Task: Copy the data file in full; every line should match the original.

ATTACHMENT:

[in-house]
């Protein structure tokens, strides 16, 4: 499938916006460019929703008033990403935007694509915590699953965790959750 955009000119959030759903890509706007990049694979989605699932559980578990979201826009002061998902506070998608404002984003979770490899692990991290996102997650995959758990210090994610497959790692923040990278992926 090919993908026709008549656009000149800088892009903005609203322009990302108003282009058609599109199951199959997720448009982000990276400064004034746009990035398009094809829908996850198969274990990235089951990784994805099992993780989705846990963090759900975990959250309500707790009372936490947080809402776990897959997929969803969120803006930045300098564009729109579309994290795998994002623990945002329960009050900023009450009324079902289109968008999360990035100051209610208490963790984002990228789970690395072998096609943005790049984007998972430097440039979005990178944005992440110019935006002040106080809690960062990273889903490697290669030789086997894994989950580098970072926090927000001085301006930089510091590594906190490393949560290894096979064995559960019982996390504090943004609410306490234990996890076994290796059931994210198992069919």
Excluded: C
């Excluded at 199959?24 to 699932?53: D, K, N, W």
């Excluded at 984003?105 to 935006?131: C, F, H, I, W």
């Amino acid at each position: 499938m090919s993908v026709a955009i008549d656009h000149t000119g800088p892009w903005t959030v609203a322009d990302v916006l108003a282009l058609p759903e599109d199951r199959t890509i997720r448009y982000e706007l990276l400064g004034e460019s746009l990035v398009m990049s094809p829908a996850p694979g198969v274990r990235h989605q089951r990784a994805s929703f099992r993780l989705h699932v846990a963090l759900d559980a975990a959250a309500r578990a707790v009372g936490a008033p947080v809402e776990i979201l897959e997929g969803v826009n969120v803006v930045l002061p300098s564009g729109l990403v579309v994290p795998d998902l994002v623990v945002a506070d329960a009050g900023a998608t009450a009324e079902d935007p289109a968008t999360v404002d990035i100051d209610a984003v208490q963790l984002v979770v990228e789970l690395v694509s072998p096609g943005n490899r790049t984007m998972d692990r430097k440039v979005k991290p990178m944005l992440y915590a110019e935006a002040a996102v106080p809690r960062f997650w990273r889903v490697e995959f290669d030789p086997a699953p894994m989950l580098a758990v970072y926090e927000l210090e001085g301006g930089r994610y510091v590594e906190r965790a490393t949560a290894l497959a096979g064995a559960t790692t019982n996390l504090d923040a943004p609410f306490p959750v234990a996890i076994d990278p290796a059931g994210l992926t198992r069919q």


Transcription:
[in-house]
């Protein structure tokens, strides 16, 4: 499938916006460019929703008033990403935007694509915590699953965790959750 955009000119959030759903890509706007990049694979989605699932559980578990979201826009002061998902506070998608404002984003979770490899692990991290996102997650995959758990210090994610497959790692923040990278992926 090919993908026709008549656009000149800088892009903005609203322009990302108003282009058609599109199951199959997720448009982000990276400064004034746009990035398009094809829908996850198969274990990235089951990784994805099992993780989705846990963090759900975990959250309500707790009372936490947080809402776990897959997929969803969120803006930045300098564009729109579309994290795998994002623990945002329960009050900023009450009324079902289109968008999360990035100051209610208490963790984002990228789970690395072998096609943005790049984007998972430097440039979005990178944005992440110019935006002040106080809690960062990273889903490697290669030789086997894994989950580098970072926090927000001085301006930089510091590594906190490393949560290894096979064995559960019982996390504090943004609410306490234990996890076994290796059931994210198992069919």
Excluded: C
């Excluded at 199959?24 to 699932?53: D, K, N, W």
């Excluded at 984003?105 to 935006?131: C, F, H, I, W």
């Amino acid at each position: 499938m090919s993908v026709a955009i008549d656009h000149t000119g800088p892009w903005t959030v609203a322009d990302v916006l108003a282009l058609p759903e599109d199951r199959t890509i997720r448009y982000e706007l990276l400064g004034e460019s746009l990035v398009m990049s094809p829908a996850p694979g198969v274990r990235h989605q089951r990784a994805s929703f099992r993780l989705h699932v846990a963090l759900d559980a975990a959250a309500r578990a707790v009372g936490a008033p947080v809402e776990i979201l897959e997929g969803v826009n969120v803006v930045l002061p300098s564009g729109l990403v579309v994290p795998d998902l994002v623990v945002a506070d329960a009050g900023a998608t009450a009324e079902d935007p289109a968008t999360v404002d990035i100051d209610a984003v208490q963790l984002v979770v990228e789970l690395v694509s072998p096609g943005n490899r790049t984007m998972d692990r430097k440039v979005k991290p990178m944005l992440y915590a110019e935006a002040a996102v106080p809690r960062f997650w990273r889903v490697e995959f290669d030789p086997a699953p894994m989950l580098a758990v970072y926090e927000l210090e001085g301006g930089r994610y510091v590594e906190r965790a490393t949560a290894l497959a096979g064995a559960t790692t019982n996390l504090d923040a943004p609410f306490p959750v234990a996890i076994d990278p290796a059931g994210l992926t198992r069919q």